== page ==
Ford picks Mexico over Windsor for engine plant, union says

Ford Motor Co. has decided to not invest in its existing engine plant in Windsor, Ont., according to the union representing employees there.

Federal, provincial governments reject Ford's 'unprecedented' financial request

Ford was considering manufacturing the 1.5-litre and 1.6-litre engines for the Ford Fiesta in Windsor. (CBC File Photo)

Ford Motor Co. has decided to build its new engine in Mexico after it was unable to reach a deal with the federal and Ontario governments to bring the investment to Windsor, Ont., Unifor said Friday.

Both levels of government suggested that they would not provide public money for the project because the automaker wouldn't make certain job and economic commitments.

In a news release, Unifor said it had hoped that months of discussions between Ford, two levels of government and the union would result in "significant investment which would have secured the production of a global engine at the Windsor facility."

It has been confirmed that the global engine will be built in Mexico, Unifor said.

“We are disappointed,” Unifor national president Jerry Dias said in the release. “The auto industries that are flourishing around the world are ones where there is a deep commitment from government and an understanding of the importance and wisdom of investment – which always pays dividends.”

Dias called the decision a significant blow, saying the program would have stabilized the Windsor operation for a decade, bringing a new engine program to the facilities.

"This was a project that was earmarked for Mexico and we tried to have it diverted to Canada," he told Reuters. "We were close but just couldn't get it over the finish line."

'Unprecedented request' by Ford

Both the federal and provincial governments said they could not come to terms with Ford on financial assistance.

"Our Government and the Government of Ontario were recently approached by Ford with an unprecedented request and after weeks of discussions it was determined that the terms laid out in Ford's proposal were not in the best interest of Canadian taxpayers," Jake Enwright, spokesperson for Federal Industry Minister James Moore, said in a statement. "We support projects that secure high-value jobs and deliver long term economic benefits to Canada. The terms laid out in Ford's proposal did not meet those objectives."

Enwright did not say how much money Ford requested.

In a separate statement, a spokesperson for Brad Duguid, Minister of Economic Development, Employment and Infrastructure confirmed that "we have reaffirmed our willingness to partner with Ford Canada where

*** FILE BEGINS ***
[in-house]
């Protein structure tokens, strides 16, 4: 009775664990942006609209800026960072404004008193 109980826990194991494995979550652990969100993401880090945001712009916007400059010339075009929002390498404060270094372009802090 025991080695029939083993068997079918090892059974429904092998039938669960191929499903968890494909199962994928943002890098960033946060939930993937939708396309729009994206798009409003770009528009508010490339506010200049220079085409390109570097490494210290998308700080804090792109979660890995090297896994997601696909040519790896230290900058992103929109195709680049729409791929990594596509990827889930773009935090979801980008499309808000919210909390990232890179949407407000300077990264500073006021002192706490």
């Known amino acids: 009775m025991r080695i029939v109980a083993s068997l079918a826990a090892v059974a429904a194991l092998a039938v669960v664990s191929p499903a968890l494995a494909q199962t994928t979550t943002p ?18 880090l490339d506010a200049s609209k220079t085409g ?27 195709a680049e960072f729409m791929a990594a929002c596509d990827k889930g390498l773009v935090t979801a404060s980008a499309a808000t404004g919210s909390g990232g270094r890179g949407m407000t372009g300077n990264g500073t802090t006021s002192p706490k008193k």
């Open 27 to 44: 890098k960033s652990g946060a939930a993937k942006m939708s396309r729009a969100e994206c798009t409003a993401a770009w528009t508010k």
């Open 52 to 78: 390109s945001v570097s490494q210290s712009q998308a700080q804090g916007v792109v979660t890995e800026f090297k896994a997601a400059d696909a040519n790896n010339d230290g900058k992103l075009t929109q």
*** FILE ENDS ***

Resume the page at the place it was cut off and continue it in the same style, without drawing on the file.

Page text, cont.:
it makes sense."

"The provincial and federal governments and Ford are unable to reach an agreement," Andrew Forgione wrote.

However, Duguid had previously told Radio-Canada on Friday that negotiations between Ford and the Province "haven’t come to a final close” yet.

Ford declines comment

Ford would not confirm whether it would be building its new engine in Mexico.

Ford spokesperson Whitney Eichinger would only say that "for competitive reasons, we cannot discuss future manufacturing or product plans."

"We meet with government on a regular basis to discuss a variety of issues. We consider these discussions to be confidential," Ford Canada corporate communications manager Michelle Lee-Gracey said in a separate email to CBC Windsor.

Friday, Ford’s chief financial officer Robert Shanks, addressed Windsor on BloombergTV during an interview with Matt Miller.

Miller suggested that Ford is “going to pull a $2-billion dollar investment out of Windsor, Ont.”

“We can't pull out something that was never going, so, no, that's not the case,” Shanks told Miller.

Investment in Windsor was expected to be in the neighbourhood of $2 billion and create as many 1,000 jobs, according to a report in the Globe and Mail.

Two months ago, Unifor Local 200 president Chris Taylor said  Ford was considering investing in either a new plant or an expansion of either the Essex Engine Plant or the Windsor Engine Plant.

Taylor said at that time, Ford was considering manufacturing the 1.5-litre and 1.6-litre engines for the Ford Fiesta in Windsor.

Letter of agreement doesn't come through

Taylor previously told CBC News that back in 2012, the union negotiated a letter of agreement stating that if Ford produced a new engine product, the Windsor facilities would get first opportunity to manufacture it, provided a number of criteria are met.

Taylor told CBC Windsor on Friday that one of the caveats in that agreement was government money. Taylor claims not enough government money was offered to keep Ford in Windsor.

Outgoing Windsor Mayor Eddie Francis, who will not seek reelection, said the city offered Ford an $8.5-million tax freeze over 10 years in an effort to get Ford to invest.

Windsor mayoral candidate John Millson said at a news conference Friday that he knew of the decision Thursday.

"We can't lose this engine opportunity," he said.

Millson claims the Province knew last week, when Liberal Premier Kathleen Wynne visited, that Ford was going to Mexico.

Union to meet Sunday

Former Ontario Liberal Minister Sandra Pupatello, who is now the CEO of the Windsor-Essex Economic Development Corporation, declined to comment until the news was confirmed by Ford.

Unifor Local 200, which represents Ford workers in Windsor, is expected to hold a meeting Sunday to explain the decision to its members.

Earlier this month, Ford said it would add 1,000 jobs at its plant in Oakville, Ont. by the end of this year to build the 2015 Ford Edge crossover SUV.

With files from Reuters


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